Are fermented foods high in histamine? The answer is complicated, and we can look at sauerkraut histamine levels as an example.
Are Fermented Foods High in Histamine: A Look at Vegan Fermented Vegetables
Fermented vegetables that do not contain animal-sourced and/or high protein ingredients do not contain relevant or detectable levels of histamine and are generally safe from biogenic amine concerns.
Also, histamine isn’t necessarily a bad thing. It gets a bad rep, but histamine is necessary for the human body’s function. Histidine is an essential amino acid, and histamine is vital to the proper function of the immune system.
Ordinary, healthy people have no problem when consuming moderate amounts of histamine in foods. Good gut microorganisms normally degrade histamine in the gut, and the enzyme DAO (Diamine Oxidase) in the gut also degrades histamine.
Are Fermented Foods High in Histamine
So, for instance, fish sauce averages HIGH histamine levels of around 575 mg/kg. According to the FDA, levels above 200 mg/kg (ppm) have been associated with human illness (histamine poisoning). So the “safe” limit the FDA sets is under 200 mg/kg of histamine.
The ingredients included in fermented vegetables, the fermentation method, the salt concentration, the fermentation temperature, and the amount of time it was fermented all influence the levels of biogenic amines in fermented foods.
That said, many fermentation recipes incorporate animal products into things like sauerkraut and kimchi. People even make sauerkraut with added whey, which can greatly increase the biogenic amine (histamine) levels.
The only reason some kimchi contains relevant histamine levels is that many kimchi recipes include fish paste. Animal ingredients add the amino acid histidine to fermented foods; thus, they can add histamine.
Are Fermented Foods High in Histamine: A Look at Animal Ingredients in Fermentation
Fermented vegetables that contain animal ingredients, such as fish paste or whey from dairy, will be high in histamine.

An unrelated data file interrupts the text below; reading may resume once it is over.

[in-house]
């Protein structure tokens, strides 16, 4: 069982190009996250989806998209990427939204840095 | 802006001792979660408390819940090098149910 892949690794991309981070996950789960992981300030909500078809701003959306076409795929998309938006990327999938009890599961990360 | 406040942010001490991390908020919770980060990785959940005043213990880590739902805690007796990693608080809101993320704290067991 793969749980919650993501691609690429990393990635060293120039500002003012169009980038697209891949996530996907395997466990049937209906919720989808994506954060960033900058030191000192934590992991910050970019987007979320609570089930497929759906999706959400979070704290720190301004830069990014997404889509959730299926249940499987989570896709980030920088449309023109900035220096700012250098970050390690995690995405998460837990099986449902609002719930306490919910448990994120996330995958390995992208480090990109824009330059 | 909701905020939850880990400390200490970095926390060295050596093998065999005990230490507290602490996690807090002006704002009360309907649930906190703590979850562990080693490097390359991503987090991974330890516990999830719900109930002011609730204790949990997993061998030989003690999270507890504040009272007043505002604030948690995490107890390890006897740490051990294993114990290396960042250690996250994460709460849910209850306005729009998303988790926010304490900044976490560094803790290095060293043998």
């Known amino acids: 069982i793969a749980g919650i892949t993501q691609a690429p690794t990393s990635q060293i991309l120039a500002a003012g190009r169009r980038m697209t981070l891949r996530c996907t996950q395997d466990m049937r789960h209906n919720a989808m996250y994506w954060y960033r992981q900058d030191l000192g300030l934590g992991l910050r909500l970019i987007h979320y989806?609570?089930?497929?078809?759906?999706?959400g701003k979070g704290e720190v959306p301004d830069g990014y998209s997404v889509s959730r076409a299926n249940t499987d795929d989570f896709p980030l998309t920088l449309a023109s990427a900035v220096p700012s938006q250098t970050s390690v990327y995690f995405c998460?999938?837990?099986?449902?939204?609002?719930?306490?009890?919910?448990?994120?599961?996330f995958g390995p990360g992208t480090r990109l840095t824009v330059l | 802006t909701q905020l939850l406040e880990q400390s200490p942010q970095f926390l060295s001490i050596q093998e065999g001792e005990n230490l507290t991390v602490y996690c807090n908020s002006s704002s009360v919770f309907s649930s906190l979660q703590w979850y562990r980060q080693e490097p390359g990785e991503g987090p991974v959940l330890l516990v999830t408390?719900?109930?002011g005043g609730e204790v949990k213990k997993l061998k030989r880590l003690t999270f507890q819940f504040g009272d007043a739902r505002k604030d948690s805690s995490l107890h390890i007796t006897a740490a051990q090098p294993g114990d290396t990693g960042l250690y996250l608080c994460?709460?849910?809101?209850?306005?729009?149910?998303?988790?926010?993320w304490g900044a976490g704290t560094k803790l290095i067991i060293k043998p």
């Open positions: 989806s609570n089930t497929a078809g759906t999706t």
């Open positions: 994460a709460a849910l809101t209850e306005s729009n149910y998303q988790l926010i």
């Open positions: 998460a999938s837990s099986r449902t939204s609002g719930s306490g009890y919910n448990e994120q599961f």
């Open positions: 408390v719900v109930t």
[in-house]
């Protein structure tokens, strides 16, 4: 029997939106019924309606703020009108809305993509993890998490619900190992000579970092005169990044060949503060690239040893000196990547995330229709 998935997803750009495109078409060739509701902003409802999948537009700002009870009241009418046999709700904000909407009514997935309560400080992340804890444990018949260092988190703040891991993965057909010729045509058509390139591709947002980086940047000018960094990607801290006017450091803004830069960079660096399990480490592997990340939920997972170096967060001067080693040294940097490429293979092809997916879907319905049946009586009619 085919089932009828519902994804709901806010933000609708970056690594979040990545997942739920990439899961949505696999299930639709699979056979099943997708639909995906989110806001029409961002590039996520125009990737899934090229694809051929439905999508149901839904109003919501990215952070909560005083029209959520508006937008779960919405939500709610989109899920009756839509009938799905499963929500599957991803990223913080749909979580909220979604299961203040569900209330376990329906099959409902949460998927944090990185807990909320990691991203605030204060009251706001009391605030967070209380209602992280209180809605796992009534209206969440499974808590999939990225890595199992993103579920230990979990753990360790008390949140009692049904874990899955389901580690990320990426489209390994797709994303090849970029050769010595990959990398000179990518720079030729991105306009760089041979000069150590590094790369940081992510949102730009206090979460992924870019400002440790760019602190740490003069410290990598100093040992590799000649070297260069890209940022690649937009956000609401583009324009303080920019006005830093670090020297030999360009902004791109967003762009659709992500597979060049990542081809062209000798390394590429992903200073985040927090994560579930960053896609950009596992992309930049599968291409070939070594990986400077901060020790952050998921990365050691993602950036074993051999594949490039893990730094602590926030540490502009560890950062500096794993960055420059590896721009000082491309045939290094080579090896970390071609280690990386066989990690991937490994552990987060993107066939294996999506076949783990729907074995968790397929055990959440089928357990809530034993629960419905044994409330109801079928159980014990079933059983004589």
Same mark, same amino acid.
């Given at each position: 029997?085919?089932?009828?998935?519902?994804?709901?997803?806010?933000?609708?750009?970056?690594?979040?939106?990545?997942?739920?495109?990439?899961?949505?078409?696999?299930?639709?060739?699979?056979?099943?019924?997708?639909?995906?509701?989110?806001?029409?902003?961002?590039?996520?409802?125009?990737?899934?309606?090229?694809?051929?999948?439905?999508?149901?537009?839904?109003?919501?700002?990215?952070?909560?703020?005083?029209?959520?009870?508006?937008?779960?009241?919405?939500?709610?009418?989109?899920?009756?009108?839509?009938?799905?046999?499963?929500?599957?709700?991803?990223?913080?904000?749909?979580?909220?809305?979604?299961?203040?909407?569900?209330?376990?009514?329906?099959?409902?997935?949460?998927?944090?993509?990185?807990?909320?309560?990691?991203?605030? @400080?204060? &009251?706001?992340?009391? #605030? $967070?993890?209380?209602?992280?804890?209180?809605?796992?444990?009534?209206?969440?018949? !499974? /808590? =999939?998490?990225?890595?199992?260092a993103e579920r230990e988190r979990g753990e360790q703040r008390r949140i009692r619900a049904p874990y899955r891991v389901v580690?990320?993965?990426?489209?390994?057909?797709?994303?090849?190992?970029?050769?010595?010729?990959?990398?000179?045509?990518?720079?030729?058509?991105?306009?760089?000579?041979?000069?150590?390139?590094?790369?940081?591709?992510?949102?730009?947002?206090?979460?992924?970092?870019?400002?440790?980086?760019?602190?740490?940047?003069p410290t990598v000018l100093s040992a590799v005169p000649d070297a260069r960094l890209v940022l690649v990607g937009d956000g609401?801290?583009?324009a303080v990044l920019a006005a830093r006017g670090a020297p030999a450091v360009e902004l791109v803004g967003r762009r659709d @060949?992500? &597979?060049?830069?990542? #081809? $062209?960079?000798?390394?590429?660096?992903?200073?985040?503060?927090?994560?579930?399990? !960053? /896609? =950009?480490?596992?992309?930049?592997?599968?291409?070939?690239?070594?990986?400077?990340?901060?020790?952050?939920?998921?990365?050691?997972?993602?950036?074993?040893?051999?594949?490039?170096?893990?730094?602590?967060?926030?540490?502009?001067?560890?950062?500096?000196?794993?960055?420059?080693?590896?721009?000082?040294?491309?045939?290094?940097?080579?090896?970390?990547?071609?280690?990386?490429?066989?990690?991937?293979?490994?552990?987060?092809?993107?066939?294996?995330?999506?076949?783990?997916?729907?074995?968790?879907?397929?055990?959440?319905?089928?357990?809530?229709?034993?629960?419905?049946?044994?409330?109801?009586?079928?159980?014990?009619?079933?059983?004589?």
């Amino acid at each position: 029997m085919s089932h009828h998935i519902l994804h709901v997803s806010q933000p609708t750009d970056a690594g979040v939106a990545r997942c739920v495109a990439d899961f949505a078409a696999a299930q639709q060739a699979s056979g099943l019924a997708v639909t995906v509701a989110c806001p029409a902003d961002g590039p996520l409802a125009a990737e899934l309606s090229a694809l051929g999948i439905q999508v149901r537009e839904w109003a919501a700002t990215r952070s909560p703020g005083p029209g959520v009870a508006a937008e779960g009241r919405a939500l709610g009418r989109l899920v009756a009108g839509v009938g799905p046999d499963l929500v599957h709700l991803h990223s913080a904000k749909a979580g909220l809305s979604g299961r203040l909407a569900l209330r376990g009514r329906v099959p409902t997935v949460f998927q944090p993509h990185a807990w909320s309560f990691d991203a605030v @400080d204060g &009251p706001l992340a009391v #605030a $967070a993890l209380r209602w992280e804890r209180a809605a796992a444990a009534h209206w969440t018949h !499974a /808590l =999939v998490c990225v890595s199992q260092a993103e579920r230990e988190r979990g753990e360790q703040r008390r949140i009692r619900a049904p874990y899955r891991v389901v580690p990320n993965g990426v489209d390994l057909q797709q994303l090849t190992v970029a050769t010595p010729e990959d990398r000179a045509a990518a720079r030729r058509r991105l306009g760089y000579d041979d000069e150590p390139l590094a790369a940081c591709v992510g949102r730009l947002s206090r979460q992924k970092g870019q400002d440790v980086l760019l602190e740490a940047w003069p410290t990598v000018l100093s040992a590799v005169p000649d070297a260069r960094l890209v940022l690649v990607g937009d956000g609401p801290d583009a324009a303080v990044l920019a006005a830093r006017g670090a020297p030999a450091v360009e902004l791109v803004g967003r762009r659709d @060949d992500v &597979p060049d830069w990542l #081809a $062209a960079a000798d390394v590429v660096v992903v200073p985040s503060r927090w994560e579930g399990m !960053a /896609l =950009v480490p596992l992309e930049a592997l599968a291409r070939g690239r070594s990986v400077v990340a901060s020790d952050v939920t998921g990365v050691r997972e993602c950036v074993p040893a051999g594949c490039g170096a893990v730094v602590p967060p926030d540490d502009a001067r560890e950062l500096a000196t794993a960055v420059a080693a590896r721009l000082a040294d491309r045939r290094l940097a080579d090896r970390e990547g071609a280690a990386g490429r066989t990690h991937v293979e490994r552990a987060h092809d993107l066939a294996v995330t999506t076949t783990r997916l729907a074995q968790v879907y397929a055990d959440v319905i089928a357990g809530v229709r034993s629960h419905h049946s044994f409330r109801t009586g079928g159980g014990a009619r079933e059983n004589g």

Fermented dairy yogurt may have histamine, cultured meats, and cheese have histamine, and some cultured soy products may have histamine.
This is because the high protein ingredients in the foods contain the amino acid histidine that microbes can convert to histamine using the enzyme histidine decarboxylase.
Fermented vegetables made with only vegetables, salt, water, and spices cannot physically contain relevant levels of histamine… this is because the precursor amino acid histidine is not present in relevant amounts in the ingredients, so there’s little to no histidine for microbial enzymes to decarboxylate into histamine.
Also, the Lactobacillus spp. in fermented vegetables are able to break down any histamine created with more enzymes.
Microbes in Fermented Vegetables Break Down Histamine
Certain species of Lactobacillus found in fermented vegetables can also break down histamine. These species of Lactobacillus can reduce the overall biogenic amine content in all types of fermented vegetables.
This is why it is important to ferment your vegetables for a long enough time (21-28 days usually; some vegetables are good at 14 days).
Are Fermented Foods High in Histamine? Specifically Sauerkraut?
Very few vegetables contain relevant levels of histamine, and any relevant levels are usually a result of spoilage microorganisms. (This does not apply to beans, legumes, and starchy vegetables which have varying amino acid content).
Sauekraut made with only cabbage, salt, and water cannot physically contain relevant levels of histamine. Now if you have a diagnosed histamine intolerance, fermented cabbage might still be a concern for you because of other compounds.
People with diagnosed histamine intolerance
Certain green leafy vegetables are high in other biogenic amines like putrescine, cadaverine, and tyramine. These biogenic amines are competing substrates for an enzyme called DAO. DAO breaks down histamine in the human body.
Most people with histamine intolerance have inadequate DAO, so eating foods with competing substrates is not the best idea. For this reason, people on low histamine diets are told to avoid spinach, kale, eggplant, tomatoes, and avocado.
People with histamine intolerance should avoid old, aged, and preserved foods, especially foods with ingredients high in the amino acid histidine. This includes canned fish, aged meats, cured meats, beans, smoked fish, and high-protein leftovers.
It should be noted that histamine intolerance can be reversed by reestablishing a healthy gut microbiome.
Obviously, if you have a diagnosed histamine intolerance, follow any recommendations provided by your doctor.
More Blogs to Read
- The Complete Guide to Salt Fermentation
- The Perfect Lacto Fermentation Salt Ratio for Fermenting Vegetables
- What Makes Sourdough Healthier and Easy to Digest?
Frias, Juana & Martinez-Villaluenga, Cristina & Peñas, Elena. (2016). Fermented Foods in Health and Disease Prevention.